There are two ways we can have the shell evaluate an expression. Either using $((expression)) syntax or the expr command.

The former does not require proper spacing, while the latter does.

$ echo $((2+3))
5
$ expr 2 + 3
5

Arithmetic expasion only supports integer values and no decimals.

$ expr 2.3 + 2
expr: not a decimal number: '2.3'

Operators

Here are a list of arithmetic operators.

++ --

Increment, Decrement

+ -

Unary plus and minus

* / %

Multiplication, division and remainder

== !=

Equal and not equal

! && ||

Logical negation, AND, and OR

<< >>

Bit-shift left and right

~ & ^ |

Bitwise negation, AND, exclusive OR, and OR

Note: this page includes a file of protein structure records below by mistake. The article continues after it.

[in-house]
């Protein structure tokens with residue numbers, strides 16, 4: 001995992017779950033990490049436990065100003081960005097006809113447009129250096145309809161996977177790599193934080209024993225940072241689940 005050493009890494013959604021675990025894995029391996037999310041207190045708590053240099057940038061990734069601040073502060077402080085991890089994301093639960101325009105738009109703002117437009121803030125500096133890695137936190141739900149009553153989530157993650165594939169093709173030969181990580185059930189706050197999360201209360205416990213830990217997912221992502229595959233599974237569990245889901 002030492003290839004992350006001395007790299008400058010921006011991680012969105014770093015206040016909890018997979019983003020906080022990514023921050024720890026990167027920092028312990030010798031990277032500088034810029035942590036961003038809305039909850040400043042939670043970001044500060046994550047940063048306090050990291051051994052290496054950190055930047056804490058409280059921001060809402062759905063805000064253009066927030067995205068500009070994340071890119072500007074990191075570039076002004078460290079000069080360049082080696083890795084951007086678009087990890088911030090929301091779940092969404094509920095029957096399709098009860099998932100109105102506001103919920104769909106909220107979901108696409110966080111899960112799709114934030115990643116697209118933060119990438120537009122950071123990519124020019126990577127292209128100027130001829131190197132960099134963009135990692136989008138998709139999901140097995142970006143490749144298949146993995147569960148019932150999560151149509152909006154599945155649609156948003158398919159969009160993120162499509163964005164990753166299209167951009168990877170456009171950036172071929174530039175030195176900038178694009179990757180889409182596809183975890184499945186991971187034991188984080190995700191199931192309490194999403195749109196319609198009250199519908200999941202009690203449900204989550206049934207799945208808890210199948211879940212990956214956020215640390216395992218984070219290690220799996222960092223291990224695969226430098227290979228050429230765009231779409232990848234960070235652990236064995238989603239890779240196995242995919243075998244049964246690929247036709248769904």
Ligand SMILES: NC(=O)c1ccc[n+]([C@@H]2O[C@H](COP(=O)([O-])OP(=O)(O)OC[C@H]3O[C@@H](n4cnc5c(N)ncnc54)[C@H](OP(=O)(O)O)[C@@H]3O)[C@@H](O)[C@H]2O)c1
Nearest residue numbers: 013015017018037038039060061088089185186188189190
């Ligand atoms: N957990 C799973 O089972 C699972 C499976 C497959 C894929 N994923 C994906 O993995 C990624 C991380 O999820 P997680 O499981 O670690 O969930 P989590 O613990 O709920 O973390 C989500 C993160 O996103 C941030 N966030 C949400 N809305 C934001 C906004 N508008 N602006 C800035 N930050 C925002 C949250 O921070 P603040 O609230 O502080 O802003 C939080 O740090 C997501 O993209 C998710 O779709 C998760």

\= += -= *= /= %=

Assignment operators

&= ^- <<= >>= |=

Bitwise assignment operators

Arithmetic test

It's important to avoid using the = symbol when comparing numerals. The = looks for string equality, not numeric equality. Thus, when working with arithmetic equations, be sure to use -eq instead.

Linux for Beginners doesn't make any assumptions about your background or knowledge of Linux. You need no prior knowledge to benefit from this book. You will be guided step by step using a logical and systematic approach. As new concepts, commands, or jargon are encountered they are explained in plain language, making it easy for anyone to understand.

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